E articular companies. The amendments are on a ne with the whittling away that has been characteristic of the amendments to the original legislation that was introduced last year. But, for heaven's sake, the Government should have seen enough of the world now to know that race issues are very vital issues indeed. There is a very simple reason. If you reject a man on the grounds of his politics or his religion, he may change them to please you, but if you reject him on the ground of race in any way whatsoever by discrimination in regard to his land rights, there is no way in the world he can change his race to please you.

Many peoples in the world regard this whole question of race relations as the litmus test of what other nations are really on about. That is why I believe that, ideologically, all of this sort of legislation is immensely significant for this country. We will be judged as to whether we fully accept the dignity of the Aboriginal people. The States have never accepted it. The Minister for Aboriginal Affairs (Mr Viner) knows that Queensland does not accept it. He knows that the claims of land rights have never been accepted by the Queensland Government and that this is quite serious for this country. If anyone liked to research the history of race relations in certain phases of Queensland's history, he could build up a more disastrous case than could be built up against South Africa. I can well imagine the sort of propaganda that might be directed against us. Before the referendum in 1967 the Aboriginal question had never been properly dealt with. It had been dealt with in a piecemeal fashion by the 6 States. The people at that referendum asked the national Parliament to recognise the full dignity within the nation of the Aboriginal people .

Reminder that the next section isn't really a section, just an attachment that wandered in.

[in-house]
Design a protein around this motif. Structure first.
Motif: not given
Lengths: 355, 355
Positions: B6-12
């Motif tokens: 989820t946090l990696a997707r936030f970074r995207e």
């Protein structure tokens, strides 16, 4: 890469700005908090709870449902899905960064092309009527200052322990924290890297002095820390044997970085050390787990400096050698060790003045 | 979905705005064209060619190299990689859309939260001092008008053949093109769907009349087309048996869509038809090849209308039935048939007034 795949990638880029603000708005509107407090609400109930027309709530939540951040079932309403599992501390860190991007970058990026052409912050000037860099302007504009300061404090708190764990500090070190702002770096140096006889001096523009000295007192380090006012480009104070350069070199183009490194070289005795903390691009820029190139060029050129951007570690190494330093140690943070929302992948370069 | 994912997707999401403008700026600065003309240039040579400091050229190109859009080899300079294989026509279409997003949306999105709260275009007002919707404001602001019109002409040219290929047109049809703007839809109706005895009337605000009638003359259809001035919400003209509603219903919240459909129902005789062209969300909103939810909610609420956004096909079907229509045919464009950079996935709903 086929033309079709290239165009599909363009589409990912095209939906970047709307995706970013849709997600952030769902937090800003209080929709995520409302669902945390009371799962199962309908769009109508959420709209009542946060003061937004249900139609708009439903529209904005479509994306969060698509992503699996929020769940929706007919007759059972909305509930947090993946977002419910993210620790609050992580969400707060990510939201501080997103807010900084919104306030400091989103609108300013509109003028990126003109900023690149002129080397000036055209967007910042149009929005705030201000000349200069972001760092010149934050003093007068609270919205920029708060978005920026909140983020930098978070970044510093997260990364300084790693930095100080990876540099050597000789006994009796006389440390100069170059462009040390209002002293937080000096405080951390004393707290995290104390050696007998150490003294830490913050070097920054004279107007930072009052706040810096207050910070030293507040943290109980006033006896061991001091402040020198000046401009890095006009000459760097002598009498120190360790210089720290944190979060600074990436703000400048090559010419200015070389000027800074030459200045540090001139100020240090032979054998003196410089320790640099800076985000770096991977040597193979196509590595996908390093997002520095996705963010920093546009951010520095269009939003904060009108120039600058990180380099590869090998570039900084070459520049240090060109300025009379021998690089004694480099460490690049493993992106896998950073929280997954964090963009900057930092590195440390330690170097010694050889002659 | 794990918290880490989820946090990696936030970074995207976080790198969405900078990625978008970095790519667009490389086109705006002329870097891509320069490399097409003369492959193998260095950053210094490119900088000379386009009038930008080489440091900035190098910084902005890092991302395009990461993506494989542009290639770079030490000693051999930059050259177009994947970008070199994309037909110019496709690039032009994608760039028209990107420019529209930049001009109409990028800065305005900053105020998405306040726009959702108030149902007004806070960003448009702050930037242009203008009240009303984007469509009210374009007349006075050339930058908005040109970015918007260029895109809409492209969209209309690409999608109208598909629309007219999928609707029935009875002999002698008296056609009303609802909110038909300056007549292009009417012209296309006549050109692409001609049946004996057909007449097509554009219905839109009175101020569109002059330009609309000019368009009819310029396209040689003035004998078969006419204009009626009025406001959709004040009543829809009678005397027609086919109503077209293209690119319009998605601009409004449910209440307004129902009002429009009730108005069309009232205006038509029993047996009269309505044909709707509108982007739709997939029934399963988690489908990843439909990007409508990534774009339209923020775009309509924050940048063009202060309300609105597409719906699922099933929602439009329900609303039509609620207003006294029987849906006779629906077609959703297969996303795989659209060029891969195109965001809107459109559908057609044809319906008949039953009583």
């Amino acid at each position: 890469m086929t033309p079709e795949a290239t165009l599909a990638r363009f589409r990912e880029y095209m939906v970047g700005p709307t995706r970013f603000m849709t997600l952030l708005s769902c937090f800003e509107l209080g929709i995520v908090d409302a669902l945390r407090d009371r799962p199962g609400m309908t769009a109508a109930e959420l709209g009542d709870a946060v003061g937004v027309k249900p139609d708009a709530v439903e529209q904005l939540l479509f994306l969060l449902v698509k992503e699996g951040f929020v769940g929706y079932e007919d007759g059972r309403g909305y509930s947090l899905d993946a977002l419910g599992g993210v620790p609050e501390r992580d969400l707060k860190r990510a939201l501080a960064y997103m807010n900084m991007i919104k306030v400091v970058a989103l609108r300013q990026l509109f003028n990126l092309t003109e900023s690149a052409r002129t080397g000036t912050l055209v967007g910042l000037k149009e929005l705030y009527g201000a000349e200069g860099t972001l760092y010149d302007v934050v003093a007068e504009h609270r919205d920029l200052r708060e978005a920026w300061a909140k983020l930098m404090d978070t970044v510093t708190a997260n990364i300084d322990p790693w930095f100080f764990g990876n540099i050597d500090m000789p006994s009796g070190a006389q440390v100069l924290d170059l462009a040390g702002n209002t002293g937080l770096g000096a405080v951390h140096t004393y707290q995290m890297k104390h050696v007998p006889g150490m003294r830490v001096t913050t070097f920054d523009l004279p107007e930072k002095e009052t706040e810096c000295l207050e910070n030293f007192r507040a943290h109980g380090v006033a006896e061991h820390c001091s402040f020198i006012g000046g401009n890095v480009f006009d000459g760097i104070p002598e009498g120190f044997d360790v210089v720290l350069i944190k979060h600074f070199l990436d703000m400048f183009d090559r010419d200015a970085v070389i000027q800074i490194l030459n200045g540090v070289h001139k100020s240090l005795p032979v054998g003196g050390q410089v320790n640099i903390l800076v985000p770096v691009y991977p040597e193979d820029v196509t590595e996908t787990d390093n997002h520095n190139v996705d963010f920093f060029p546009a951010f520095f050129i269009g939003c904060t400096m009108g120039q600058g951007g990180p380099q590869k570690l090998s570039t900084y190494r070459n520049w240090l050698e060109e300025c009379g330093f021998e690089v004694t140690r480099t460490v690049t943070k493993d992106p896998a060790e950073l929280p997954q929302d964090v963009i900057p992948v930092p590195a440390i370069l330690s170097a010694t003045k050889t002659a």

We have given them voting rights, drinking rights and fornicating rights that they never used to have inter-racially, all of which did not cost the Treasury a farthing. But this question of their land rights may cost something; it may take something from the mining companies or from us or from our future prospects. I believe that the Minister is sensitive to these issues. I have very great respect for him but I think that these amendments are unfortunate if they again represent as a result of pressures that have come from mining elements, an insensitivity to what Aborigines feel about their land. If these elements are able to influence and control the Government, there will be a situation like that in Queensland and the Aborigines will get nothing at all. Most Aborigines who are working for their rights think it is unfortunate that these sentiments have developed in the Federal Parliament about the Northern Territory. They work with the State governments to try to ensure that this does not happen in States which have significant numbers of Aborigines and potentially significant land questions. With regard to this issue, the Commonwealth Government must offset the insensitive, blind and racially irresponsible policies of governments like the Government of Queensland which does not care tuppence- except on tuppeny-ha 'penny issues about governorswhat image this nation projects to the outside world.

I believe that all the legislation the Commonwealth has attempted over the last couple of years has done something to offset that unfortunate impression. If we retreat now I believe that, ideologically, the image projected by this country into the world will be one that will be quite damaging to us. It is worth something, in our relations with a good many other countries, that we should ourselves be above suspicion on race questions.







Suggest corrections